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Tutorial Greek: Plato and the poets


Admission requirements

This course is open to MA and research MA students in Classics and Ancient Civilizations (specialization Classics).

The course will be taught in Dutch or English, depending on the first language of participating students.


It has been a long-standing source of worry to classicists and other Humanities scholars alike: why does one of their classical authors dislike some of the others so much? Why does Plato disapprove of the poets? Why does he banish Homer from his ideal state? And why does Socrates force the rhapsode Ion to admit that his presumed expertise in all matters Homeric is an illusion? Is there such a thing as an ‘ancient quarrel between philosophy and poetry’?

In this tutorial students will study the major texts in Plato, in which he discusses poetry, poets, poetic inspiration, and the nature of being an ‘expert in poetry’. There will be a number of supervisions, arranged in consultation between students and instructor, but the format of the tutorial allows a lot of input from the students in the way the classes will be set up.

The texts come from the Ion, Republic, and Phaedrus. We will be using standard editions and commentaries, but a useful collection of materials may be found in: Penelope Murray, Plato and the Poets, Cambridge Green & Yellow series 1996.

For a short introduction to the topic, see: Plato on Rhetoric and Poetry via the Stanford Encyclopedia of Philosophy

Course objectives

At the end of the course the students will:

  • Possess good working knowledge of the Platonic views on poetry, based on a reading of the original sources;

  • Have the skill to read and assess these original sources, and understand them within their cultural context, as demonstrated in an oral examination;

  • Possess knowledge of cultural-critical and literary-critical apparatus enabling the student to analyze the material studied in this class;

  • Understand the way these Platonic texts fit into a history of ‘ancient views on poetry’;

  • Be capable of critical assessment of secondary literature;

  • RMA students: Advanced research skills: independent formulation of complex research question, collecting materials (both primary texts and results of earlier research). Analyzing results, constructing arguments, formulating conclusions;
    MA students: Research skills as above, but with less materials and more help, as specified in the first session of class;

  • Oral presentation: presenting clearly and on the basis of arguments the results of the student’s research. Effective use of hand-out, illustrations or multi-media techniques;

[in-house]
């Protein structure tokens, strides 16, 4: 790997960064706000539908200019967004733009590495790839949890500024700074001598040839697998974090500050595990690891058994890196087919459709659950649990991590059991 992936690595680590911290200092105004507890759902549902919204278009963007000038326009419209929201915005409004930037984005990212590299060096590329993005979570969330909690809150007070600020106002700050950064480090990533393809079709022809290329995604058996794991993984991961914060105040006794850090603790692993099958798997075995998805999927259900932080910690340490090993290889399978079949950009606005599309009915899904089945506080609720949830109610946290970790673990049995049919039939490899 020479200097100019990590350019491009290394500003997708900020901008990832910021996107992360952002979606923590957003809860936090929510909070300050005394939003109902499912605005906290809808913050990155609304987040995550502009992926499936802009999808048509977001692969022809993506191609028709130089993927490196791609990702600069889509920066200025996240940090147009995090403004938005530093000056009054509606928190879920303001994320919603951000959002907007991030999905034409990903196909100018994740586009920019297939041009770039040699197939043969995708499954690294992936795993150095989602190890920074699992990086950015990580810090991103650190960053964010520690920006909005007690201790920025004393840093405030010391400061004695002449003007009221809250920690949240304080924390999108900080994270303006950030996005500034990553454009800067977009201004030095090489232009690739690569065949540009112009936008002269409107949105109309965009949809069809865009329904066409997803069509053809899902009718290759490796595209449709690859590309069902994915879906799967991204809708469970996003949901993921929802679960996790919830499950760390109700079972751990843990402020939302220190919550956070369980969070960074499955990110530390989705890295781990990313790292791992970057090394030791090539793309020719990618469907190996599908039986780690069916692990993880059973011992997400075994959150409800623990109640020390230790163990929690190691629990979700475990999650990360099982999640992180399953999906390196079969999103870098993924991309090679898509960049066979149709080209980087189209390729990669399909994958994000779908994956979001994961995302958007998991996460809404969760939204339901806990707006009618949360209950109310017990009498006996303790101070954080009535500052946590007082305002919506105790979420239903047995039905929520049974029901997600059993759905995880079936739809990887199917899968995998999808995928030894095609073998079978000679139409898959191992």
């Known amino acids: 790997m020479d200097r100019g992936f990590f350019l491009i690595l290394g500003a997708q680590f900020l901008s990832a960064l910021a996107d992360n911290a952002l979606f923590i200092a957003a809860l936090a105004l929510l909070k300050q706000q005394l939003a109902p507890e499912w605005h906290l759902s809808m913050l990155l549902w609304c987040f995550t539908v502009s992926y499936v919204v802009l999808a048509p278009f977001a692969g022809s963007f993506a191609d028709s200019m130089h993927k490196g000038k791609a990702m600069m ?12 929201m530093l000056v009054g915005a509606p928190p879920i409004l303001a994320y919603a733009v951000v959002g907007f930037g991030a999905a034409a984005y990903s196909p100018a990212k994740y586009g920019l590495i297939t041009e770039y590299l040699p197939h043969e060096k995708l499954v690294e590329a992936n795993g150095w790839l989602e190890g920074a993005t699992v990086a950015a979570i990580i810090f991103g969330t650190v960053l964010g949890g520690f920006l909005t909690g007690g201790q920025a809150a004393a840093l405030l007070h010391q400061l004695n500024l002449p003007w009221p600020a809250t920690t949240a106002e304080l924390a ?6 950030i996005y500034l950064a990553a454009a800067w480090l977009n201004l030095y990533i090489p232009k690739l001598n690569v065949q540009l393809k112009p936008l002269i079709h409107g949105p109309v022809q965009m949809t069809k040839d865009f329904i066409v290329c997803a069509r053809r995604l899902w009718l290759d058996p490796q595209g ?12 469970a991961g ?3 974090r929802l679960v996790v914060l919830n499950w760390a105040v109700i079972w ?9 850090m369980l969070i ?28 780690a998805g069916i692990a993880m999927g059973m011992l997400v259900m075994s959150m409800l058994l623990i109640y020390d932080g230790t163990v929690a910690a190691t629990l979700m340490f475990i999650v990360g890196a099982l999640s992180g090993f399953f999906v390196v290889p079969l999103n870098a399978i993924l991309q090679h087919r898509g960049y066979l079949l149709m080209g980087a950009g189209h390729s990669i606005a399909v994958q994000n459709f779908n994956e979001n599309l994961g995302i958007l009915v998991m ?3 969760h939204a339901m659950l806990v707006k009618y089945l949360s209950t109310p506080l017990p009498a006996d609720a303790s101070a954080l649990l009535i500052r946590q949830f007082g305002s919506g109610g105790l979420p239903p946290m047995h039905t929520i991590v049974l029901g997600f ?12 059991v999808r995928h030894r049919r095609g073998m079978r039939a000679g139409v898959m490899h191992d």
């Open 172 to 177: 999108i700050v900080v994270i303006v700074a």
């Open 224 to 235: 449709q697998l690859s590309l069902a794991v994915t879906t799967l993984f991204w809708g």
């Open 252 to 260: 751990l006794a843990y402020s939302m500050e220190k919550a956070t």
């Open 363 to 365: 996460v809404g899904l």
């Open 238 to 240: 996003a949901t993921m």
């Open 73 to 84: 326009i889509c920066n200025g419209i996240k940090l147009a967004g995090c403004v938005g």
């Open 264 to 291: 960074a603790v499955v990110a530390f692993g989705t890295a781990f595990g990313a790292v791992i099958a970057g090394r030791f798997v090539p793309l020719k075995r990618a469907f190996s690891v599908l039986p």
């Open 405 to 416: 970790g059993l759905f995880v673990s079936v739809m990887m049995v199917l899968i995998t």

• Written presentation: setting out research results effectively, clearly and in a well-structured manner. The student will be capable to demonstrate in writing (and through one case study) their grasp of critical issues in recent scholarship, and to test and assess recent scholarly contributions by confronting them with the original source material.

This course also aims at active participation and preparation: the student demonstrates involvement in the topic by asking well-informed and constructive questions and making contributions to the collective progress, on the basis of antecedent independent preparation.


See timetables Classics and Ancient Civilizations

Mode of instruction

Introductory lecture; several seminars planned in consultation with the students; discussion of and feedback on written and oral presentations by the students. Research by the students.

Assessment method

Full details will be announced at the first session of class, including the way assessment of ResMA students will be differentiated from that of MA students.

When taken for 10 EC:

  • Active participation and preparation, including a prepared response to another student’s presentation (10%);

  • an oral presentation (30%);

  • a short position paper (5 pp. max.) (20%);

  • an oral exam on primary texts (40%).

When this class is taken for 5 EC: requirements are the final oral exam on source texts (plus a list of secondary literature of about 100 pages, to be finalized in consultation with instructor); in addition a well-informed prepared response to another student’s presentation (70-30% of grade).


Blackboard will be used to post instruction materials and announcements about the organization of the course. Also to enable students to read and comment on each other’s work.

Reading list

Plato on Rhetoric and Poetry via the Stanford Encyclopedia of Philosophy

Penelope Murray (ed.) Plato on Poetry (Ion; Republic 376e–398b9; Republic 595–608b10); Series: Cambridge Greek and Latin Classics. Paperback (ISBN-13: 9780521349819 | ISBN-10: 0521349818)


Via uSis


  • Complete instructions on all parts of this course will be given in writing in the first session of class.